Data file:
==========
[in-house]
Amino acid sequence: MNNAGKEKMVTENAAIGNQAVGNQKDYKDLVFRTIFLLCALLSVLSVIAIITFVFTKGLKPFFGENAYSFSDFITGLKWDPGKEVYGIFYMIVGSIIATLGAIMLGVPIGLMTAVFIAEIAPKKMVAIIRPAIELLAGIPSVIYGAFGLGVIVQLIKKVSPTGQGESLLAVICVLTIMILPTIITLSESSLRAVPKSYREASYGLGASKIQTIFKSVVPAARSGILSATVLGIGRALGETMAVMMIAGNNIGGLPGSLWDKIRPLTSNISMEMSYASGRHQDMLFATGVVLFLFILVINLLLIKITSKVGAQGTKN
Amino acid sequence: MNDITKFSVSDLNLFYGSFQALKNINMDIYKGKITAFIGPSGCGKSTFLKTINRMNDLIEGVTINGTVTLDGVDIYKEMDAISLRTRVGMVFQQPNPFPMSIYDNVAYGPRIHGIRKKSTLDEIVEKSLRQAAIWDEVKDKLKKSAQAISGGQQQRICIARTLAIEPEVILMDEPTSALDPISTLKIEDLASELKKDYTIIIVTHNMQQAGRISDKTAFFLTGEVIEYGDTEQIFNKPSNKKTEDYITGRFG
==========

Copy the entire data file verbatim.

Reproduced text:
[in-house]
Amino acid sequence: MNNAGKEKMVTENAAIGNQAVGNQKDYKDLVFRTIFLLCALLSVLSVIAIITFVFTKGLKPFFGENAYSFSDFITGLKWDPGKEVYGIFYMIVGSIIATLGAIMLGVPIGLMTAVFIAEIAPKKMVAIIRPAIELLAGIPSVIYGAFGLGVIVQLIKKVSPTGQGESLLAVICVLTIMILPTIITLSESSLRAVPKSYREASYGLGASKIQTIFKSVVPAARSGILSATVLGIGRALGETMAVMMIAGNNIGGLPGSLWDKIRPLTSNISMEMSYASGRHQDMLFATGVVLFLFILVINLLLIKITSKVGAQGTKN
Amino acid sequence: MNDITKFSVSDLNLFYGSFQALKNINMDIYKGKITAFIGPSGCGKSTFLKTINRMNDLIEGVTINGTVTLDGVDIYKEMDAISLRTRVGMVFQQPNPFPMSIYDNVAYGPRIHGIRKKSTLDEIVEKSLRQAAIWDEVKDKLKKSAQAISGGQQQRICIARTLAIEPEVILMDEPTSALDPISTLKIEDLASELKKDYTIIIVTHNMQQAGRISDKTAFFLTGEVIEYGDTEQIFNKPSNKKTEDYITGRFG